Thursday, December 8, 2016

Capable of Thanksgiving


Dear Parish Faithful,


"And we thank Thee for this Liturgy which Thou hast deigned to accept at our hands..."  — Liturgy of St. John Chrysostom



 
I have been able to read a good deal of Orthodox theology over the years - and the years are adding up - but to this day, I have never encountered a writer who has expressed with such eloquence and power the insight that we are created to be eucharistic beings, such as Fr. Alexander Schmemann has done.  
 
Throughout his long priestly ministry, and through his many wonderful books, this was a theme that he continually returned to: the human person as oriented toward God as a being who is eucharistic at the deepest level of existence.  We are our most human when we consciously and with profound gratitude offer thanksgiving (Gk. eucharistia) to the living God who has created us.
 
This was Fr. Alexander's compelling reading of the Genesis creation accounts and what it means for human beings to be made "according to the image and likeness of God."  Dying of cancer, Fr. Alexander served his last Divine Liturgy on Thanksgiving Day, 1983. He was able to deliver a short homily that is now known throughout the OCA as, simply, "The Thanksgiving Homily," in which he uttered a beautiful opening thought that memorably captured the "catholicity" of his vision and understanding of life: 

Everyone capable of thanksgiving is capable of salvation and eternal joy.

This particular sentence and the whole of this final homily served as a kind of summation of his deeply-conceived and felt intuition of life and the Christian Gospel. For Fr. Alexander, the human person is, of course, "homo sapiens" and "homo faber," but at the most basic level of existence the human person is "homo adorans" - a being instinctively inclined toward worship. We find an expression of this insight in Fr. Alexander's classic book For the Life of the World:

The first, the basic definition of man is that he is the priest. He stands in the center of the world and unifies it in his act of blessing God, of both receiving the world from God and offering it to God - and by filling the world with this eucharist, he transforms life, the one that he receives from the world, into life in God, into communion. (p. 5)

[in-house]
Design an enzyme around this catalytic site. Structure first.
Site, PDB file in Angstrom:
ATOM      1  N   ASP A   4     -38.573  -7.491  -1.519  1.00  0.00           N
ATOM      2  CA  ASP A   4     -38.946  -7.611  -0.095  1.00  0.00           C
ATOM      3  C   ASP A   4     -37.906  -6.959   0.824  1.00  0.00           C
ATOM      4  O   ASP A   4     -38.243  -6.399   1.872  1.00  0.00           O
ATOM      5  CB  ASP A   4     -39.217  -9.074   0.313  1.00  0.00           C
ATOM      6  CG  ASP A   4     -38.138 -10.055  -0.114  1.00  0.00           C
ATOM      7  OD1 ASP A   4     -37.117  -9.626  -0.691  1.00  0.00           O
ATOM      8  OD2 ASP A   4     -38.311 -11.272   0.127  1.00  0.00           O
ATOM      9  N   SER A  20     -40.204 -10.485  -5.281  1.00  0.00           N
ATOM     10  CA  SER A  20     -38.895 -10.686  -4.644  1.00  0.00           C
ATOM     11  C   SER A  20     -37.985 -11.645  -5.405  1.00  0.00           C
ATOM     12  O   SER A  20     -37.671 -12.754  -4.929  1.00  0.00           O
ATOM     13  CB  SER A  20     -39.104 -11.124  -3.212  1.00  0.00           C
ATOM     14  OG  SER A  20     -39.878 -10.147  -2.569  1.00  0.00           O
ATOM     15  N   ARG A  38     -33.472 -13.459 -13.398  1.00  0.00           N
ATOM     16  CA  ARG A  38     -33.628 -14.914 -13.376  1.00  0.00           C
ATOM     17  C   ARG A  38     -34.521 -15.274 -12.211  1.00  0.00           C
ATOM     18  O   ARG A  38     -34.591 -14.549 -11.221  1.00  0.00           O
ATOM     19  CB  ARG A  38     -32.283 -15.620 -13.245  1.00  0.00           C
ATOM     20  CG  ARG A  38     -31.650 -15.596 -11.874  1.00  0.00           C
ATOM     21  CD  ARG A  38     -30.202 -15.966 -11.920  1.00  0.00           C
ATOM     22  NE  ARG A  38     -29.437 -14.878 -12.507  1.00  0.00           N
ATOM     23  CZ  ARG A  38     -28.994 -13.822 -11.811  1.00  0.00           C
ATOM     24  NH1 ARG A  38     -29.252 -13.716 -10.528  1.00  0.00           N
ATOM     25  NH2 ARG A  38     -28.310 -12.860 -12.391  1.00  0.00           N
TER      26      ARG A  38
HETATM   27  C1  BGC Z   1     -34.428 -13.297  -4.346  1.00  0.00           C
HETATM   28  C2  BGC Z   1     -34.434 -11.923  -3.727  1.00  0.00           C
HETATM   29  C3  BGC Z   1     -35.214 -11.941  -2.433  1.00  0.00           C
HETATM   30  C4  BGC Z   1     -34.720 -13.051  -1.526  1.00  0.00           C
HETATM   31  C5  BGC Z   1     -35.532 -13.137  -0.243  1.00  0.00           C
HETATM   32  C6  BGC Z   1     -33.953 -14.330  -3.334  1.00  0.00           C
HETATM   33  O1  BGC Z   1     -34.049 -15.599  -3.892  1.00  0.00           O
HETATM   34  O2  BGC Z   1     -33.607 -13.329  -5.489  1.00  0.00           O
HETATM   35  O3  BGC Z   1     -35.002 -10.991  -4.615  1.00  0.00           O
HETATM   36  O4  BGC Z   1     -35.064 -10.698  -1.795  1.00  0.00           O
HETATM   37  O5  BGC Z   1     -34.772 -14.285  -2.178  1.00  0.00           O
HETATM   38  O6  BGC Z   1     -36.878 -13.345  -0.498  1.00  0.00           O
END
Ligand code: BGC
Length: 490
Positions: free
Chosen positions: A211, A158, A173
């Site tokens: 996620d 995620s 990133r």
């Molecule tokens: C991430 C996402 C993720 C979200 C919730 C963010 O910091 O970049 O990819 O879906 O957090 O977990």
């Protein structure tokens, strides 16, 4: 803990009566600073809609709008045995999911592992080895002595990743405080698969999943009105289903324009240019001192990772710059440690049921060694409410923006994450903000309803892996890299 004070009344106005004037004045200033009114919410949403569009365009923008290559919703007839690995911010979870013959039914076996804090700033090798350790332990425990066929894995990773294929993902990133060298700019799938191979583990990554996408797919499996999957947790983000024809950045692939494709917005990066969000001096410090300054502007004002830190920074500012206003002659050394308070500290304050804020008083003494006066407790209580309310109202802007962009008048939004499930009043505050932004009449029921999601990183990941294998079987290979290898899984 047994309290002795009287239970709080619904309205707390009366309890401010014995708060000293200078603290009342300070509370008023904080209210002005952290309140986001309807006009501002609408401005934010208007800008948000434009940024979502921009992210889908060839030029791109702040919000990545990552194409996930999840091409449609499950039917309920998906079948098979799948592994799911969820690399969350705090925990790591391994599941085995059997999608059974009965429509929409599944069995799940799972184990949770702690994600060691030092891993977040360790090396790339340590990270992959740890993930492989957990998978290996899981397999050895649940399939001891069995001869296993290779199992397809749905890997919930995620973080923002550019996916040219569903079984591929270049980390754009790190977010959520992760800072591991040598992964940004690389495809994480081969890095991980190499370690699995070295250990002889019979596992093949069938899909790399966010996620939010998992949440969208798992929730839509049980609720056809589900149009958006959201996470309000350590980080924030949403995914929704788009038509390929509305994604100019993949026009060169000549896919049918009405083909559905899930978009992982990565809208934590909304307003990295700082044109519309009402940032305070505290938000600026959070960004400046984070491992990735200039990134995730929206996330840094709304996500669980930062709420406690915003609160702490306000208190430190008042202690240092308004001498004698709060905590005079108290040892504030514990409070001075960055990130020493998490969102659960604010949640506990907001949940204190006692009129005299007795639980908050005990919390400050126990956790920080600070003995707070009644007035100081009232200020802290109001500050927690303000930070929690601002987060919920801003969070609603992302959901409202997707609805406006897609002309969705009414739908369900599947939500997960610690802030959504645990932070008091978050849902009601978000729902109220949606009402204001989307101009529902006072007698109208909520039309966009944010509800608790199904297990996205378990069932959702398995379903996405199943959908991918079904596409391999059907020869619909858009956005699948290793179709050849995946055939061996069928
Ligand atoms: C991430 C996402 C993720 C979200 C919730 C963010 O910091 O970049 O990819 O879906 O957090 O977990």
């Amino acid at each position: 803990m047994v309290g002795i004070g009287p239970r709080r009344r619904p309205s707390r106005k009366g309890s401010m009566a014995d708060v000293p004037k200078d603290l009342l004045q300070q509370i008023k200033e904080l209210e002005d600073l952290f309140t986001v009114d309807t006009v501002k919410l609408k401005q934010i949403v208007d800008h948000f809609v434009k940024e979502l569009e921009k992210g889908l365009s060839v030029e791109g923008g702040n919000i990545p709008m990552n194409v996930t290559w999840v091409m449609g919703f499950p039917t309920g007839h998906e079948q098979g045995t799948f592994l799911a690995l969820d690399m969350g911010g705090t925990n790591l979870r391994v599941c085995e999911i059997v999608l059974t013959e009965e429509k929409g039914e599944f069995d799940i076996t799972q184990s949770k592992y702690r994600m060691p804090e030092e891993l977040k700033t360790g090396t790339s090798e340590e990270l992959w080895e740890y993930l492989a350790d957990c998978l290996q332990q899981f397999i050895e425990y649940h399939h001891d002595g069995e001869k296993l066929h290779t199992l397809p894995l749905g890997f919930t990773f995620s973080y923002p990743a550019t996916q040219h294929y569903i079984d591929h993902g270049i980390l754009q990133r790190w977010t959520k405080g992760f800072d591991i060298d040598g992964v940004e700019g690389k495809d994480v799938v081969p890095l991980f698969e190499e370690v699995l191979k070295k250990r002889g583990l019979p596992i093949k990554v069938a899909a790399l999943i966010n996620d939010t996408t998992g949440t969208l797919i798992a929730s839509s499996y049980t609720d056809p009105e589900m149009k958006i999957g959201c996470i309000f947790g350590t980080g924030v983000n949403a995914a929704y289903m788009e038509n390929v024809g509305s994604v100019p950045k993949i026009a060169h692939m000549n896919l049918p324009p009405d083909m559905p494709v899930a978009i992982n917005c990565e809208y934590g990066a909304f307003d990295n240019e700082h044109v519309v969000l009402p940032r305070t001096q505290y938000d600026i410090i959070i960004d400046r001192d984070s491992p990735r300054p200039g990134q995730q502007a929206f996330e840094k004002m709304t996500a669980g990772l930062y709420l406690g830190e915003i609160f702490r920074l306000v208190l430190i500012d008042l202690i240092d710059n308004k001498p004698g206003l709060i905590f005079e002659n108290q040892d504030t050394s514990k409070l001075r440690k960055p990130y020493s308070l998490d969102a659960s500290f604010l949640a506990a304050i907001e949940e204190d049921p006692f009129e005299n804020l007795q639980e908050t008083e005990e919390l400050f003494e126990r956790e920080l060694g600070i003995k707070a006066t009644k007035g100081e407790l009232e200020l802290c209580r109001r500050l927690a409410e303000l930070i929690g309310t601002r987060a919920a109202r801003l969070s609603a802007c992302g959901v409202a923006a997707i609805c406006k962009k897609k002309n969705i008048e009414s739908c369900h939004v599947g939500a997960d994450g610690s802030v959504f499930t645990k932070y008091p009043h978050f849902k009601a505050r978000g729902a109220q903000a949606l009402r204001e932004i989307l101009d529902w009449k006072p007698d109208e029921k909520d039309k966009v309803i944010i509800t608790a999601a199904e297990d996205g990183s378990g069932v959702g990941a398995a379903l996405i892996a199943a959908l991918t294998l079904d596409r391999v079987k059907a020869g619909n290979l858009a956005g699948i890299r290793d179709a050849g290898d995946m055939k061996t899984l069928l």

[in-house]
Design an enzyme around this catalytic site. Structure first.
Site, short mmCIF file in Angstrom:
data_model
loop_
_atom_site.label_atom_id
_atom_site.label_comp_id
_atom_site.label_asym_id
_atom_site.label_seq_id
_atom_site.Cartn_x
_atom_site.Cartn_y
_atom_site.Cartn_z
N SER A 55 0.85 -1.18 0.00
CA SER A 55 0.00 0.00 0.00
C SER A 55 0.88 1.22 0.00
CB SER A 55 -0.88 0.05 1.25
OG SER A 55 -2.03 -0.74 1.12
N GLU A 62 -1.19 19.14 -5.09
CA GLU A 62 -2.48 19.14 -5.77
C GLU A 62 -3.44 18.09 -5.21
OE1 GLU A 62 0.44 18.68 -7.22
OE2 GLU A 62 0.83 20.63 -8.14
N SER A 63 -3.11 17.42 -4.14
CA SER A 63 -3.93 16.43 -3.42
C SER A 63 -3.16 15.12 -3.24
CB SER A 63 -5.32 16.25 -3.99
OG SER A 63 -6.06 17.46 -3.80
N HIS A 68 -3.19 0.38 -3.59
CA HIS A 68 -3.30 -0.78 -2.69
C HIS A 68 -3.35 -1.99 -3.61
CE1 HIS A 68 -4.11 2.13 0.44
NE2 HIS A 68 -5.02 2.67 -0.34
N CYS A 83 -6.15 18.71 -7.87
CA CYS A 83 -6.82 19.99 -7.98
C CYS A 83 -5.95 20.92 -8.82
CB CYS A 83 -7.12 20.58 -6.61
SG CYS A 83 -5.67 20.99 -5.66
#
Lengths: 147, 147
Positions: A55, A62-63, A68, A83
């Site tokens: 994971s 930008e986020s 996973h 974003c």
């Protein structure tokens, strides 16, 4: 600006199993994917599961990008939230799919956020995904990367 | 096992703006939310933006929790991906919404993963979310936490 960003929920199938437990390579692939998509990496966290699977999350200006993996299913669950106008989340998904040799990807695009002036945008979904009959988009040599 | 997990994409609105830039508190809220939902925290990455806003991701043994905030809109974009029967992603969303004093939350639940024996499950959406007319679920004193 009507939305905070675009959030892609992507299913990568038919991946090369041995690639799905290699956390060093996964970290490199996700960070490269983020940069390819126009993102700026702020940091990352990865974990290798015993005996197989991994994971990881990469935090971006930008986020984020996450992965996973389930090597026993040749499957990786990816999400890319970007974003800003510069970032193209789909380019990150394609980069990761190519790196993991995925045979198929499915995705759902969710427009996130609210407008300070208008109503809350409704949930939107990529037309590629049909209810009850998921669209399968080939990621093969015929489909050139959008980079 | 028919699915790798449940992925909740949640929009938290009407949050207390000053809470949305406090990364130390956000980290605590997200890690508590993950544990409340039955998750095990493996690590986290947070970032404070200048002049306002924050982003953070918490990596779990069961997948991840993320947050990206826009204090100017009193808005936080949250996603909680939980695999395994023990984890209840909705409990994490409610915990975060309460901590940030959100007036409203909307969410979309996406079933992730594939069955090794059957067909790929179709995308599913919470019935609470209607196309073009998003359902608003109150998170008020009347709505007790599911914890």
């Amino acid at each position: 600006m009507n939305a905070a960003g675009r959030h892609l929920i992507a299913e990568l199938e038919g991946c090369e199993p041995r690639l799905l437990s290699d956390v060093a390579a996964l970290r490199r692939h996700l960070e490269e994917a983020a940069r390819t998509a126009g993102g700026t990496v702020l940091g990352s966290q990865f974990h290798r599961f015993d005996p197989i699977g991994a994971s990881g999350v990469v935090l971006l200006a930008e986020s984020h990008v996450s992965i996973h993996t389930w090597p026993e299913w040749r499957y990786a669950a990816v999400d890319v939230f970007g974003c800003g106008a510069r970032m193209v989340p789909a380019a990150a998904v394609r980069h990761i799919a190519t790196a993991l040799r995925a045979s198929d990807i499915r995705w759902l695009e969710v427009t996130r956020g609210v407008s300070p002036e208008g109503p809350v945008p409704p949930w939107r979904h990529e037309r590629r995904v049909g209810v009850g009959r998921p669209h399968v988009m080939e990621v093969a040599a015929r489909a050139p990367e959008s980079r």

This entire book - an absolute "must read" for contemporary Orthodox Christians - was a new, refreshing and transformative way of understanding and experiencing the Sacraments of the Church, freeing these Sacraments from a stultifying scholastic theology that threatened to reduce them to "religious actions" that would isolate them from the experience of life.  Since I am trying to focus on Fr. Alexander's eucharistic intuition of life, I would like to include a justifiably famous passage from this same book:

When man stands before the throne of God, when, he has fulfilled all that God has given him to fulfill, when all sins are forgiven, all joy restored, then there is nothing else for him to do but to give thanks. 
Eucharist (thanksgiving) is the state of perfect man.  Eucharist is the life of paradise.  Eucharist is the only full and real response of man to God's creation, redemption and gift of heaven. 
But this perfect man who stands before God is Christ. In Him alone all that God has given man was fulfilled and brought back to heaven.  He alone is the perfect Eucharistic Being. He is the Eucharist of the world. In and through this Eucharist the whole creation becomes what it always was to be and yet failed to be, (p. 23)

At the time when that was written (around 1960 in the original Russian, I believe - English translation 1963) to the present day, that passage is something like a "breath of fresh air" that brings to life in a very vivid manner what it means to participate in the Divine Liturgy/Eucharist.
 
How utterly bland, then, is our conventional term "attending church!"  The Eucharist is our recovery - again and again - of who we now are in Christ.  That "recovery" is a life-long process that makes each and every Liturgy a new and fresh experience, or at least so potentially.  We may grow old, but the Liturgy never grows old.  And it can never grow boring no matter how many liturgies one may "attend!"  As Fr. Alexander further wrote:

Eucharist was the end of the journey, the end of time. And now it is again the beginning, and things that were impossible are again revealed to us as possible. (p. 30)

These short reflections were prompted by the Gospel account of the healing of the ten lepers (LK. 17:11-19), read at the Thanksgiving Day Liturgy and just this last Sunday.  This passage is as much about thanksgiving as it is about the actual healing of the lepers. I therefore hope to write a few words about this passage later this week.


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